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Japanese Fruitcake

Follow our complete, step-by-step, photo illustrated instructions to make this Southern favorite known as a Japanese Fruitcake. This old fashioned Christmas cake contains raisins in a spice flavored cake with a coconut and orange filling. Printable recipe included.

Japanese Fruitcake recipe

The weeks before Thanksgiving, up through Christmas were my Mama’s “time to shine.” She loved to cook, and she loved to share what she cooked, and baked, with family and with friends.

Dishes and baked goods we never saw at any other time of the year found themselves in Mama’s kitchen and on her tables throughout the holidays. I’m sure she was tired, after all she worked a full time job during the day, but always seemed to enjoy being in the kitchen afterwards.

I’m blessed to be able to remember Daddy, sitting at the kitchen table cracking open fresh coconuts, and removing the brown skins from the white flesh of the coconut so Mama could grate it down for her cakes and pies.

We spent most of our time in the kitchen and dining room area. They had heat. The fireplace in the living room didn’t generally have a fire in it except on weekends when company was expected. A small electric heater was in the bathroom in later years, but the bedrooms never did have heat. Just saying.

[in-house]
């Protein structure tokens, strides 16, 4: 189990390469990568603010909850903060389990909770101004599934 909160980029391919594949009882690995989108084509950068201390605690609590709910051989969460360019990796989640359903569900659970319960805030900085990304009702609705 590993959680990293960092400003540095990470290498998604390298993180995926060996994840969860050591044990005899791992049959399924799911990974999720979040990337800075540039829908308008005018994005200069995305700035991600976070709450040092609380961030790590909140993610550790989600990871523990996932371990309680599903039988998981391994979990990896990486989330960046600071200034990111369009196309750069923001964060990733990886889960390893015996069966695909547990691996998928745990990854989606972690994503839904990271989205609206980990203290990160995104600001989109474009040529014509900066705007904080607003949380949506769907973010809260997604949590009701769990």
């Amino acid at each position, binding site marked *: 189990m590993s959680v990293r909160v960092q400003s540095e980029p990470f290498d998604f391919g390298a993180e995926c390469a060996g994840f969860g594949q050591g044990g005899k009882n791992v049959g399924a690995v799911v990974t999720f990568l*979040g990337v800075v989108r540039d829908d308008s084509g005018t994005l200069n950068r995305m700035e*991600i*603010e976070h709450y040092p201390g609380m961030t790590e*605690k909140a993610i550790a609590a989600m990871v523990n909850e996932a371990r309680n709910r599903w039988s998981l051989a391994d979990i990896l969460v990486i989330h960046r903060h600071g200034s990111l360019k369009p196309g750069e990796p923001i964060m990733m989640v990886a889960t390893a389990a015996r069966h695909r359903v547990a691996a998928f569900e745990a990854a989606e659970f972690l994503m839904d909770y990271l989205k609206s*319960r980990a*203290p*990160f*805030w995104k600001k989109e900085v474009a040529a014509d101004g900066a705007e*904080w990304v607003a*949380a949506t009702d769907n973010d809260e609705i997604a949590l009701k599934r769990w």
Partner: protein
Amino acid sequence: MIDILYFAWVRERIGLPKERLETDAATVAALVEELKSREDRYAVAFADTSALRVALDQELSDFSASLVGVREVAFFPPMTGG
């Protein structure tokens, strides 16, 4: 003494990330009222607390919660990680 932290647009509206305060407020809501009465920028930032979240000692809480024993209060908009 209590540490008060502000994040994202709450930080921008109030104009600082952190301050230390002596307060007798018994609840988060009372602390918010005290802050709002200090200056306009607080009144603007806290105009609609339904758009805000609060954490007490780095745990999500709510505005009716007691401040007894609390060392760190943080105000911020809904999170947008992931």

The kitchen cabinet, the one with the glass doors, would all at one time hold one of Mama’s Coconut Cakes, a Japanese Fruit Cake, maybe an Orange Slice Cake, and a couple of pies. And, let’s not forget the Icebox Fruitcake that was in the refrigerator.

It was definitely getting really close to Christmas Day when that happened.

Mama made Christmas special, in more ways than one. Wait, why are my eyes watering now?

I’m not sure, and haven’t been able to find, any real definition of why this is called a Japanese Fruitcake, it just is. Mama always seemed to bake one each Christmas as I recall.

This is another recipe from our family reunion cookbook that the family created years back. Members of the family submitted some of their favorite recipes, and the cookbook was created and sold for several years at our family reunions. Called the “Stewart Family Favorites,” this recipe for the Japanese Fruit Cake was submitted by Aunt Iva.